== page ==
Bullying certainly has come out of the shadows these past few decades.
At long last, schools, parents, and society at large have stopped repeating the tired old stick-and-stones slogan. The truth is, words do hurt. Bullying — true bullying — is known to have a negative impact on many areas of a child’s life and should not be ignored or tolerated.
What is Bullying, Exactly?
Bullying is when a more powerful person repeatedly behaves in a threatening, aggressive or humiliating manner toward a less powerful person. It can be a beat-up-a-small-kid-on-the-playground physical bullying, or social bullying, in which a victim is repeatedly ridiculed by a person or peer group.
Both situations can spill over to social media, so the bullied often feel as if they have no place to escape.
Related: Kids’ Safety on Social Media
Bullying is most common in middle school and the early years of high school, tapering off as teen mature into young adults. However, we’ve all run across a few adult bullies, haven’t we?
Rivalries, routine disagreements, or children simply not liking one another is not bullying. Kids and teens benefit from managing difficult relationships with other young people, which teaches them problem-solving skills. It also gives them a healthy sense of pride in knowing they can stand up for themselves.
Talking About Bullying: An Ongoing Conversation
When it comes to talking with your children about bullying, odds are you aren’t breaking new ground. Most likely their school has an anti-bullying program and your child has seen or experienced bullying in one form or another.
While bullying is no longer ignored, it certainly isn’t extinct. Try to make your family’s discussion of bullying open-ended and ongoing. This conversation, like most, is not a box to be checked off and then ignored.
During a routine chat about school while in the car or around the dinner table, you could say, “Hey, I was wondering if bullying is a thing at your school?” Casually wording the question is likely to get you much further than approaching your child out of the blue with an intense “Are you being bullied?” or “You’re not a bully, are you?”
Related: Best Parent-Teacher Relationships
As you have these conversations, try to sense the social climate in your child’s school. Is it a positive, supportive space with relatively little aggression, or is it more confrontational and hostile? Knowing this will give you great insight about exactly what your child’s days are like.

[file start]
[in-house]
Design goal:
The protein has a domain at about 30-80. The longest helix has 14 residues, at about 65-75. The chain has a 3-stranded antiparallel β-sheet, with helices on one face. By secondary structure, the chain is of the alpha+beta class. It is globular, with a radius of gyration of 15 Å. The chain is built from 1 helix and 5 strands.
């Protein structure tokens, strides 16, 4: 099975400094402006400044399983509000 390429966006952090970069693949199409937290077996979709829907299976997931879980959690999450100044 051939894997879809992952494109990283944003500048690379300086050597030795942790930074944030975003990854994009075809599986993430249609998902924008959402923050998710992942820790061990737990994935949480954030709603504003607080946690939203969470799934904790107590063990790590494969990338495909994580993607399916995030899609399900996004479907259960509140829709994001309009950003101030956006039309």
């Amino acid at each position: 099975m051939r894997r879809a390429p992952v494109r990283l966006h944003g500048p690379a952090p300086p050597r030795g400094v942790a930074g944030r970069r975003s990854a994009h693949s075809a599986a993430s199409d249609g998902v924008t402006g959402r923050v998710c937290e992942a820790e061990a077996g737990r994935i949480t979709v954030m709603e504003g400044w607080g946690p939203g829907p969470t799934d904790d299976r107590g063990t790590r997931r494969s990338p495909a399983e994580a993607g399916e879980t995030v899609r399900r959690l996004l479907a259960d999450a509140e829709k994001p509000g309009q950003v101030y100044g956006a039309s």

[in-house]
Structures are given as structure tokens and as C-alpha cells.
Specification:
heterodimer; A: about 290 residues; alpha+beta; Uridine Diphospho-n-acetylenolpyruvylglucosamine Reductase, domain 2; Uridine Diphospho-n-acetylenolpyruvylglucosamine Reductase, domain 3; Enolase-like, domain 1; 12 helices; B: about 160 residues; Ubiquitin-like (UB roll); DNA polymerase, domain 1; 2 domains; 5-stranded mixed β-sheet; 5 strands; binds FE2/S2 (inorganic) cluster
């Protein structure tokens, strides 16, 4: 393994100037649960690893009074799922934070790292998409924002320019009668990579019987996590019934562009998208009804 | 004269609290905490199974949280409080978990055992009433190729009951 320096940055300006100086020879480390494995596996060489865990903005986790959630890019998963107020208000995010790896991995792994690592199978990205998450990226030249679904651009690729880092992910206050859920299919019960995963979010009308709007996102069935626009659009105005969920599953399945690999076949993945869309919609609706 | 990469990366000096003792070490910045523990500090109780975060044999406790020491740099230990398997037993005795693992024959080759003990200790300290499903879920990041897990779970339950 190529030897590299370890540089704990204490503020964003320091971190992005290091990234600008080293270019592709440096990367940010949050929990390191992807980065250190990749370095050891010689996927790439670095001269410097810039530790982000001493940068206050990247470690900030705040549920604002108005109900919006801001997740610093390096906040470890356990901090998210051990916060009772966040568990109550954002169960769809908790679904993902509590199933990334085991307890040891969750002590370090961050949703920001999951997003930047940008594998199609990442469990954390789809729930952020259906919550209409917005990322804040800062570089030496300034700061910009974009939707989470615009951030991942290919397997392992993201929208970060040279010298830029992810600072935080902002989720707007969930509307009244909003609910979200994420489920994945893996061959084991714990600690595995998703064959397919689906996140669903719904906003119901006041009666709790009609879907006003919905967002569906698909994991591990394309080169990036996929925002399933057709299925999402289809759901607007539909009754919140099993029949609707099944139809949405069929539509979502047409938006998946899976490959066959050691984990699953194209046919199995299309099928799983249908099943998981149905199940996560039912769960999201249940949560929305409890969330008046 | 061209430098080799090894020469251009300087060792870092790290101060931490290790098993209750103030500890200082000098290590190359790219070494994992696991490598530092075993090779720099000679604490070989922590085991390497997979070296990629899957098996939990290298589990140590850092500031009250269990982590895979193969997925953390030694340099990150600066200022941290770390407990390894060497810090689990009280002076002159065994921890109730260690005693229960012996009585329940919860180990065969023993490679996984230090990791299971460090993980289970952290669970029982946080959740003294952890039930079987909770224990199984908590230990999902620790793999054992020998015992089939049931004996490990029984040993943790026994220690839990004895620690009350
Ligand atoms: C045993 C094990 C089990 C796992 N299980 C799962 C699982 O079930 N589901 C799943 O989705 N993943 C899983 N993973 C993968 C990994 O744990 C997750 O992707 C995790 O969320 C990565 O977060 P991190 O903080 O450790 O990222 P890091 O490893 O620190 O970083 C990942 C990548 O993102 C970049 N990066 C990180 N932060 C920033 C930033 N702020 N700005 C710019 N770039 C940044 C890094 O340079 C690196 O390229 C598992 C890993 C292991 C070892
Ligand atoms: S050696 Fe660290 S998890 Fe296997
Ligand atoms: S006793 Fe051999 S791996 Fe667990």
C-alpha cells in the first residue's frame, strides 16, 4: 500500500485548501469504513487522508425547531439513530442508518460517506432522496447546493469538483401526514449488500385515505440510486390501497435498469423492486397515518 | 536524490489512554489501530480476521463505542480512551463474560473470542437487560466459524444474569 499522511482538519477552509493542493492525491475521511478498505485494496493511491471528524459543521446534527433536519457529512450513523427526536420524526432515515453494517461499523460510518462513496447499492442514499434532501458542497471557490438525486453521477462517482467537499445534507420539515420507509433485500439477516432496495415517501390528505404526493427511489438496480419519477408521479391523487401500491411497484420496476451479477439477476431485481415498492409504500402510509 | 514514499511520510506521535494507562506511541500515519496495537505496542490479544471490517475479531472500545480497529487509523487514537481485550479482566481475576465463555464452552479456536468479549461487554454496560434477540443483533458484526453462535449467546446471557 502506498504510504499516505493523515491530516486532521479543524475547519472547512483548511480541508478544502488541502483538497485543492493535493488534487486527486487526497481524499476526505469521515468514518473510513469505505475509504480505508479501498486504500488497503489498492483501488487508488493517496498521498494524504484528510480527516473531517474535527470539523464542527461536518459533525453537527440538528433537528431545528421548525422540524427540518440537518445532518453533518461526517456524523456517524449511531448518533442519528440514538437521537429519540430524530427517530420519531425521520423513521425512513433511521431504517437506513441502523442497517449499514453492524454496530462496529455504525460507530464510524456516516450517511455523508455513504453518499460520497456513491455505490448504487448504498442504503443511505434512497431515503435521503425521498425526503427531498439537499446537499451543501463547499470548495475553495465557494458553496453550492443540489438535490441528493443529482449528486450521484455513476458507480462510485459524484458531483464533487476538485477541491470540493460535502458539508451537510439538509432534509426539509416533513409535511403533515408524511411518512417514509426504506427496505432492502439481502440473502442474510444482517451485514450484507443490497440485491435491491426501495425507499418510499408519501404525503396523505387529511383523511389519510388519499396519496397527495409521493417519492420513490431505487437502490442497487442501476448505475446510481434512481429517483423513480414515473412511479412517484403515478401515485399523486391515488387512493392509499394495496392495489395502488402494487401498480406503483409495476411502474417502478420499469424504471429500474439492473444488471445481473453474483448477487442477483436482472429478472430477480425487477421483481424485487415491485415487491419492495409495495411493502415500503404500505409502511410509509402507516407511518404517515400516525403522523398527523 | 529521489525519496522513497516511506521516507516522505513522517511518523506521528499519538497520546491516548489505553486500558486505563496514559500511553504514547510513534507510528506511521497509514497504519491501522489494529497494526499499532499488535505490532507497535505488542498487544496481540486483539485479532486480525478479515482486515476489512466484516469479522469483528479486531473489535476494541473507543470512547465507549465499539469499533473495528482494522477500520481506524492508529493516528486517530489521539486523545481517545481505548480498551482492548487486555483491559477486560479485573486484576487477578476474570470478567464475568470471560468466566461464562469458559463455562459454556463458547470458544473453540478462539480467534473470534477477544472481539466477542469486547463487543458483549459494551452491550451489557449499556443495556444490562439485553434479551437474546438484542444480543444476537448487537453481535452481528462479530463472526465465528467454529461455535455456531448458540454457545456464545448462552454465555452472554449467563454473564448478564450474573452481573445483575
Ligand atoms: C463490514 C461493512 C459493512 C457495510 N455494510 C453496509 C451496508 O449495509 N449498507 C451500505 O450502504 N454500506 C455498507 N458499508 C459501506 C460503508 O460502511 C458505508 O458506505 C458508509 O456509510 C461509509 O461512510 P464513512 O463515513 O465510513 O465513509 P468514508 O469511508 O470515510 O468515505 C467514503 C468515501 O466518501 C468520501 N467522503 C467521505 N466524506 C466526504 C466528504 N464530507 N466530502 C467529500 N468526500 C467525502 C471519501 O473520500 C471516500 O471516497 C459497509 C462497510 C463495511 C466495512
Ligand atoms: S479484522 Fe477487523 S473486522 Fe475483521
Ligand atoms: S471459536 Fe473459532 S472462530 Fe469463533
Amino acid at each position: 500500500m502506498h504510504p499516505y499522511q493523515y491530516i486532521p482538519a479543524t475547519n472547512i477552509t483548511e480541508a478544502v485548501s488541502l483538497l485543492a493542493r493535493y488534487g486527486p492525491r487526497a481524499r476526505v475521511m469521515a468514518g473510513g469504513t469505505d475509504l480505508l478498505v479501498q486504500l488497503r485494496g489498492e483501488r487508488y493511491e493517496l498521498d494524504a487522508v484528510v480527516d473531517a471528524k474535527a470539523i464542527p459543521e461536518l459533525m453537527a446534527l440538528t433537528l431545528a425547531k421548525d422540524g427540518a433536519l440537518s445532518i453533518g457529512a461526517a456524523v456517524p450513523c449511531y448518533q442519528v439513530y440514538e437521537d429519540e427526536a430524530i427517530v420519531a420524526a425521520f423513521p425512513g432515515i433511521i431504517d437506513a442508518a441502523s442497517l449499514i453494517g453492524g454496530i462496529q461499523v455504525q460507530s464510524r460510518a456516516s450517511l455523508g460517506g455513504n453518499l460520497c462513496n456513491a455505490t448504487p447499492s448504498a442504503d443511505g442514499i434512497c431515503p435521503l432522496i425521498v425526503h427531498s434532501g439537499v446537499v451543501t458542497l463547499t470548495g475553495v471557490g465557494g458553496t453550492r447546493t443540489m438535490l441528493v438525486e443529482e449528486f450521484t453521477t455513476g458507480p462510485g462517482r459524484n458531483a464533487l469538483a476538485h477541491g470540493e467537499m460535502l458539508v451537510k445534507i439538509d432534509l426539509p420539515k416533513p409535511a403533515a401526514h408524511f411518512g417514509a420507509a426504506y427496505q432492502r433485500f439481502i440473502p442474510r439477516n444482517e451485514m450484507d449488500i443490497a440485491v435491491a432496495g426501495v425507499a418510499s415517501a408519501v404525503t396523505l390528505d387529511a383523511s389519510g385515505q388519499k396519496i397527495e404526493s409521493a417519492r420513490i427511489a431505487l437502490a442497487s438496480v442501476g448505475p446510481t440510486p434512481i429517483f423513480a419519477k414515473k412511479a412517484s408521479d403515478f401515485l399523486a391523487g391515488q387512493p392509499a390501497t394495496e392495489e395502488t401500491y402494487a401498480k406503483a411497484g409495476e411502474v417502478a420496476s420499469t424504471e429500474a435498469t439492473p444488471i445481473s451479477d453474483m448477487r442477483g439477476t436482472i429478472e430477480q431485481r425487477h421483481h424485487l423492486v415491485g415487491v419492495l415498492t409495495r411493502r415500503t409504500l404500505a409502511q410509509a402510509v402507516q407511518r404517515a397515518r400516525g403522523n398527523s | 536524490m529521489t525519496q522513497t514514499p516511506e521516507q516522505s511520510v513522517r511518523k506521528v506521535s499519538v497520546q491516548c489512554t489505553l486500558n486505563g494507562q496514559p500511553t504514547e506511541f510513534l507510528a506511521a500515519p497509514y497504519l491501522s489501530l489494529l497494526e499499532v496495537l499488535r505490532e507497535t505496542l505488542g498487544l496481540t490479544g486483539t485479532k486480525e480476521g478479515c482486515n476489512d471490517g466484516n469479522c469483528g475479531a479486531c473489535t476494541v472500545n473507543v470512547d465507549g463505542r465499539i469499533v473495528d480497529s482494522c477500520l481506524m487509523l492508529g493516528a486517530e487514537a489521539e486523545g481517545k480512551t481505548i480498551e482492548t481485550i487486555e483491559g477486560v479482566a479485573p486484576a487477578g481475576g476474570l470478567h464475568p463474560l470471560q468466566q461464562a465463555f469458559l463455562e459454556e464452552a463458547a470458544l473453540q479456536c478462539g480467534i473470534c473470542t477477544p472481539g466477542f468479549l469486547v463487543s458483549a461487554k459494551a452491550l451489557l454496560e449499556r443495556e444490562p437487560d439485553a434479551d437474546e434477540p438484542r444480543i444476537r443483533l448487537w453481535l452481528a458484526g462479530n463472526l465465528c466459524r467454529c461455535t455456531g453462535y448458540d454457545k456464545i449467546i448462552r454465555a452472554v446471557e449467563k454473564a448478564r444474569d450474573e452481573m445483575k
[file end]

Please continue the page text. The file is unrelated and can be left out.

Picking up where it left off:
Bullied or the Bully?
It is easy to worry only about those being bullied while overlooking the bully. No, not every child who is a bully grows up to be a sociopath.
However, bullying behavior must not be dismissed. Parents of bullies need to respond strongly to stop the behavior and learn what is causing them to act that way in the first place.
It could simply be an immature way to gain popularity. Or it could be a sign children are struggling with deeper emotional problems. Often, those who bully need additional support and guidance from their parents, teachers, and counselors to engage with peers in more appropriate ways.
Related: Teaching Our Children Well
If children are being bullied, they may feel embarrassed or ashamed, and often are not willing to discuss it with their mom or dad. This is why ongoing conversations can make it easier. Establishing a regular family check-in will make it much easier for them to feel that opening up is OK. Keep in mind that everyone tires of the same old, “How was work? How was school?” question. Develop fun approaches to share the news of the day.
Keep Your Eyes Open
But as every parent knows, sometimes even the most innovative conversation strategy won’t result in much info.
Put on your detective hat and watch for changes in behavior, changes in peer group, changes in mood. This is where an established routine of keeping an eye on your children’s online presence can be helpful.
Related: Best Thing a Dad Can Do
While behavior changes can, and do, happen as a typical part of growing up, alarming changes like not sleeping or eating normally, giving up favorite activities, avoiding friends, and a sudden drop in grades need to be explored. Rule out bullying or other problems.
Bullying is a vast topic, one that has been much researched, written and reported on in the past few years. For a particularly insightful look at this difficult topic, check out Emily Bazelon’s 2013 book, “Sticks and Stones: Defeating the Culture of Bullying and Rediscovering the Power of Character and Empathy.”
Jill Kaufmann, LMFT, is a family therapist in Bend, Oregon.